Tag Archives: Thunderball

Film & TV News: September 9

News

  • Christopher Nolan has announced his next film will hit theaters in 2017, but that’s all we know. Besides Michael Caine.
  • Netflix has picked up the fantastic Charlie Brooker series Black Mirror for more original episodes, which is welcome news for those dreading the proposed American remake. For those who’ve yet to see the show, take the first episode with a grain of salt. From the second episode onwards, you’ll be hooked.
  • Spectre‘s theme song “Writing’s on the Wall” will be theme sung by Sam Smith, the first British male solo artist to do Bond since Thunderball‘s Tom Jones.
  • The Force Awakens will be opening one day early in the U.K., as if I needed another reason to move to Europe.

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Diamonds Are Forever (1971)

Grantland’s Chris Ryan makes a great point here about the way in which the James Bond franchise has changed, for better or worse, to not only gel with modern viewers but to fit the current model of blockbuster franchising. It was always the case that each 007 flick was a standalone film, made even more explicit with those little “James Bond will return” tags at the end. These are installments, and if this particular one stinks then we still have the next one to look forward to or the previous one to rewatch. If you want to jump in on a random one (like, say, Never Say Never Again — wait, bad example), that’s no problem. You won’t miss a step.

Ryan’s point is that all of that has changed now, as the Spectre trailer makes fairly heavy reference to Skyfall and even to Quantum of Solace and Casino Royale. This is continuity as Bond has never known, and Ryan further posits that the filmmaker might be the one who mainly benefits from such a thing — Spectre now seems “more important” than Skyfall (whatever that might mean) just by virtue of being a continuation of the story. Who wouldn’t rather direct “the Bond movie that the last few have been leading up to” over “the next Bond film in a string of other Bond films”?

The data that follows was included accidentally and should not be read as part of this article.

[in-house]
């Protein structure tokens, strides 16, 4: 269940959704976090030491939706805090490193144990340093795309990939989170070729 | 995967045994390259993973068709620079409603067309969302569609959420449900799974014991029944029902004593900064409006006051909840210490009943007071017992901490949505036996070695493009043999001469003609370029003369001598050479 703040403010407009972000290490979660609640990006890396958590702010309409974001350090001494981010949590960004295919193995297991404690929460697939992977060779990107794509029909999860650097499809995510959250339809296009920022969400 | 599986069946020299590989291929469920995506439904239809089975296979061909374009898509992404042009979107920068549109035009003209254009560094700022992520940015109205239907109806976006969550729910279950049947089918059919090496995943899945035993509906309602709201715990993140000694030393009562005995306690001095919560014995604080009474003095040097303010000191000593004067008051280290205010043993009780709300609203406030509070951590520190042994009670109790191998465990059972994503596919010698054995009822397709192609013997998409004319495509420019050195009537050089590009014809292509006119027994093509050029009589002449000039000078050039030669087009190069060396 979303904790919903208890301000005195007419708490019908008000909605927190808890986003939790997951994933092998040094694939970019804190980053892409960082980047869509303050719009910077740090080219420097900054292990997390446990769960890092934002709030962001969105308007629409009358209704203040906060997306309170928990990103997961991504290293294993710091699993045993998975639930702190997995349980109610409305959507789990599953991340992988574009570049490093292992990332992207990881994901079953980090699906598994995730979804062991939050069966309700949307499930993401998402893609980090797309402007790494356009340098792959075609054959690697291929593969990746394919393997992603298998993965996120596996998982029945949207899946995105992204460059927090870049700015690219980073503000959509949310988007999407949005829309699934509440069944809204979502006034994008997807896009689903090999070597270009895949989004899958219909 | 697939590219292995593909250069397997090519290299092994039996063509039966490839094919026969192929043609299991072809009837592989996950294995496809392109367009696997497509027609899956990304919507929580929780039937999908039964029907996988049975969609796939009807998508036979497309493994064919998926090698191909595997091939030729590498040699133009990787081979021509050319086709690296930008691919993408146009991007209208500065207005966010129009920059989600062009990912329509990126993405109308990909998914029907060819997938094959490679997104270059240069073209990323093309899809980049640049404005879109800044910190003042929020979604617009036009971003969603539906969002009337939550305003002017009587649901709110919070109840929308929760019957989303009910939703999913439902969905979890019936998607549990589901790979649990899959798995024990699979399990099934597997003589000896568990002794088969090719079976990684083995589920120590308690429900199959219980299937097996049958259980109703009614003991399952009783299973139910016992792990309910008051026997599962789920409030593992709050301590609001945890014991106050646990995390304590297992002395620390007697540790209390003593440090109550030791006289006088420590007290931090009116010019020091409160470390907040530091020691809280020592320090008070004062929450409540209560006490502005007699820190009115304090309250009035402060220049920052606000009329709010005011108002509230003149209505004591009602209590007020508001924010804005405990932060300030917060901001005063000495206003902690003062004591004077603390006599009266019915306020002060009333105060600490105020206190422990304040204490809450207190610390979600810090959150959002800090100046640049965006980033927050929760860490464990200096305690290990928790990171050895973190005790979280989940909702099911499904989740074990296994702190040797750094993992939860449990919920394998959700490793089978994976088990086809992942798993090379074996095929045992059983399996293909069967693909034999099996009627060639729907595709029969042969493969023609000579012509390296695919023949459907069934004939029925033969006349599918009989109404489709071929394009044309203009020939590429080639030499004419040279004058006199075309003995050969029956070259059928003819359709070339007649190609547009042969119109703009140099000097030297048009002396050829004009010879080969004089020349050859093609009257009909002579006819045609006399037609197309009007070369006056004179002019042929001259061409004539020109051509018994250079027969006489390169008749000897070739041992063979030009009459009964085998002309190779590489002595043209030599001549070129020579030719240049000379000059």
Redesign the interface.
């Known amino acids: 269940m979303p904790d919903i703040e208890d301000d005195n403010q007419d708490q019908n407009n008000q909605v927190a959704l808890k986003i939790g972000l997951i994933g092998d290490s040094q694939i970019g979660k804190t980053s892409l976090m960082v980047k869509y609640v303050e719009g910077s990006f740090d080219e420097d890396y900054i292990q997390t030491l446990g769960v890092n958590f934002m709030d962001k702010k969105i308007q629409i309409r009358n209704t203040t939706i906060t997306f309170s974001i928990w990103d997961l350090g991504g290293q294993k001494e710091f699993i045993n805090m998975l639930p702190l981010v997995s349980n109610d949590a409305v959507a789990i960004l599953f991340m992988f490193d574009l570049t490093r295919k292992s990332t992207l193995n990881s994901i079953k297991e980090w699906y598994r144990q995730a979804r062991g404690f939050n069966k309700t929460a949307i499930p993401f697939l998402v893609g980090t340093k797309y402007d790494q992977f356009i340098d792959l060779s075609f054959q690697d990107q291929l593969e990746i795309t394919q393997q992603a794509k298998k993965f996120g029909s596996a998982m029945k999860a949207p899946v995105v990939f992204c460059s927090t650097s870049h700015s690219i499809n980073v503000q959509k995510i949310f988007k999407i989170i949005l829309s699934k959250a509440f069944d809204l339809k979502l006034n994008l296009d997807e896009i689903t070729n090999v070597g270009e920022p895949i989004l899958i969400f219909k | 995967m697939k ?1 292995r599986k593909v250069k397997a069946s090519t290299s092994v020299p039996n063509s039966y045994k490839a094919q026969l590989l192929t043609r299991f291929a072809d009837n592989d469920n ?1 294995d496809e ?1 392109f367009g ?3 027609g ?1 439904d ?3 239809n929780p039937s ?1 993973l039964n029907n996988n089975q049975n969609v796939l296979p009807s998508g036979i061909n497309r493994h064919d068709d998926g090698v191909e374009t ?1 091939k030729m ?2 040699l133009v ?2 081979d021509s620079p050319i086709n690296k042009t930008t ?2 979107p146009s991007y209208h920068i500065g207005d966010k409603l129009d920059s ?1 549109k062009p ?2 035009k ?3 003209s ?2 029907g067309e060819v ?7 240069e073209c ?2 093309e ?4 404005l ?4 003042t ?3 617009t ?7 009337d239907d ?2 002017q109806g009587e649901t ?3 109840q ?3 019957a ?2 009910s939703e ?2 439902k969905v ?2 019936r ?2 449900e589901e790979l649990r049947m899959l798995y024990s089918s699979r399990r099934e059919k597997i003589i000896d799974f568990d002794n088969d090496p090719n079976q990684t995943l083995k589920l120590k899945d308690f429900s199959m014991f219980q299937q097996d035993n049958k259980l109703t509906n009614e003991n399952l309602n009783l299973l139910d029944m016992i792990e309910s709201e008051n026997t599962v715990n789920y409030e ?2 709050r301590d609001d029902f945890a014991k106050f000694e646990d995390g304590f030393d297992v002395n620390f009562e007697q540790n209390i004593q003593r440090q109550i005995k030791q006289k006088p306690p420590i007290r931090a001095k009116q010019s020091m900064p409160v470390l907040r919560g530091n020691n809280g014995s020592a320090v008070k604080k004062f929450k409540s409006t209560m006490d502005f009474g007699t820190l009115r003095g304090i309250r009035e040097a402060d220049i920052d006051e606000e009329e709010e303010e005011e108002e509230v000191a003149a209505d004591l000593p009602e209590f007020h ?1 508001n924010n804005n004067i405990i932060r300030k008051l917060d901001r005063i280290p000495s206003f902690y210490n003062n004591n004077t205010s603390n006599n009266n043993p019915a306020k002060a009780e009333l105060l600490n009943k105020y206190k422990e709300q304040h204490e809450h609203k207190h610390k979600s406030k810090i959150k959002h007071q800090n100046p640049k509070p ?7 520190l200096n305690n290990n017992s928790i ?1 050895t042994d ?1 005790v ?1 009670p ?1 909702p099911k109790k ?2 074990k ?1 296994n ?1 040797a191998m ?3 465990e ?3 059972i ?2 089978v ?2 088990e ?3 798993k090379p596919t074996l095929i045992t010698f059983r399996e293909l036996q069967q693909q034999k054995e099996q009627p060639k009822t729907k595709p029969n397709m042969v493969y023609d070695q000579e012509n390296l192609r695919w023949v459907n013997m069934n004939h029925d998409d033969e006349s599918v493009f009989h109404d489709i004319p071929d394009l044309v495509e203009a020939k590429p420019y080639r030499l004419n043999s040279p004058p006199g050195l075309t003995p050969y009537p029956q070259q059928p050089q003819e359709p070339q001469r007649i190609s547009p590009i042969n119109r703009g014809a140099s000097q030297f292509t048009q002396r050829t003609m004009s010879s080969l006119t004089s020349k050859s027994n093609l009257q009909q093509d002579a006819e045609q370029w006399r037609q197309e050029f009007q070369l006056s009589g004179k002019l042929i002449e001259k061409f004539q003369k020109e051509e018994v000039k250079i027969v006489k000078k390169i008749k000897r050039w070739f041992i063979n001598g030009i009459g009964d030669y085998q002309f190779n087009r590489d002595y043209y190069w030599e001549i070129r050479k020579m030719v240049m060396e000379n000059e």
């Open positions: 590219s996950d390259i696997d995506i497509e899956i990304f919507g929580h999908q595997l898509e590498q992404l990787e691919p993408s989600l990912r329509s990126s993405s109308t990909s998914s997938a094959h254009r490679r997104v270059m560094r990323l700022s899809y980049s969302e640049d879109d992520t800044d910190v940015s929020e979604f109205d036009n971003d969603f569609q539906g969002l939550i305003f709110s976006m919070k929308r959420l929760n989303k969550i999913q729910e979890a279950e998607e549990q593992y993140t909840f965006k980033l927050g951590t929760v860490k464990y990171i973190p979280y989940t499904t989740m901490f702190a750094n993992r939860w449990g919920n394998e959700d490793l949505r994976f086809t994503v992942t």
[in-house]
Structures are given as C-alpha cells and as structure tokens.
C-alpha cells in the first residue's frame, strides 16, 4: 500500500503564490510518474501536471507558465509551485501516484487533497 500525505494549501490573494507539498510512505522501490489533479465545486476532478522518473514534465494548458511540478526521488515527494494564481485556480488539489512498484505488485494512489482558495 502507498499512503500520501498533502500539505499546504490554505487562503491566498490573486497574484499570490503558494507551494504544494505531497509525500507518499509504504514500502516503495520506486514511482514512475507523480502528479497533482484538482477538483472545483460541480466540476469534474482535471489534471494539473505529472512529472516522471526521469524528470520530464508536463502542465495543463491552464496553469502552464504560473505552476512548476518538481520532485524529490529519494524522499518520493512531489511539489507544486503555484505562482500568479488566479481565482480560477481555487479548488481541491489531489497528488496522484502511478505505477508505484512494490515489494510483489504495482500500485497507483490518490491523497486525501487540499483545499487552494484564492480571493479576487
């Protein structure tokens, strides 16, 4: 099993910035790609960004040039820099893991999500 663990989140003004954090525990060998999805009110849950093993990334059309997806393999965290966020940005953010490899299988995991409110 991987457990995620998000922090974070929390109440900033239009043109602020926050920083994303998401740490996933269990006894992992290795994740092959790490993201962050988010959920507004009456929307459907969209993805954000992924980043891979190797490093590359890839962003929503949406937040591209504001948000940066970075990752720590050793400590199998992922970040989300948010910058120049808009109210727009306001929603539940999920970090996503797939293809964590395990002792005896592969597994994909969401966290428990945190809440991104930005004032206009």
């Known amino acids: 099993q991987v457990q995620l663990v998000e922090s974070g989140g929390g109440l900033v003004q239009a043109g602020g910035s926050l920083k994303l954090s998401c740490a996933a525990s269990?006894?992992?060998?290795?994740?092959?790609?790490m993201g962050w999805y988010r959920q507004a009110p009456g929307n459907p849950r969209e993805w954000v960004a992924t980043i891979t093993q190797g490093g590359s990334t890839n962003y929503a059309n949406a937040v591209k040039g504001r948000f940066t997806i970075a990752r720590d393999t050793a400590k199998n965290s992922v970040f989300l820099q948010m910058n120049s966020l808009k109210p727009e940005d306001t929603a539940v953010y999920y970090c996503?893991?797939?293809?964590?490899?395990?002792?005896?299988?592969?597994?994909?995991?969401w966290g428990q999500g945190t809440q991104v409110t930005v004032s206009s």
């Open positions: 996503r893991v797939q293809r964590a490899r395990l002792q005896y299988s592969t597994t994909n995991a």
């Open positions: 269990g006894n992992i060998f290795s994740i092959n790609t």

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Never Say Never Again (1983)

The next Bond movie will be Spectre, which will mark the fourth outing for Daniel Craig’s modernized James Blonde and the second for director Sam Mendes following 2012’s Skyfall. Mendes won’t be the first to return for another helping of 007, and in fact the trend since Dr. No has hewed closer to “we’ll ask you back if your movie doesn’t suck” than anything else. The math, for those of you struggling here: Skyfall doesn’t suck = Mendes returns.

But Spectre will also mark the return of…well, SPECTRE. The evil organization (SPecial Executive for Counter-intelligence, Terrorism, Revenge and Extortion) has been absent from the Bond franchise for the past eleven films, at least according to Bond purists. According to everyone else, the last time SPECTRE plotted against MI6 was in 1983’s Never Say Never Again, the only Bond film not produced (or sanctioned) by Eon Productions, a film that saw the valiant (ahem) return of Sean Connery to the James Bond role. Never Say Never Again pits this 53-year-old version of the spy against SPECTRE as the organization counter-intelligences, terrorizes, revenges and extorts all over everybody’s ass. Math: SPECTRE = evil.

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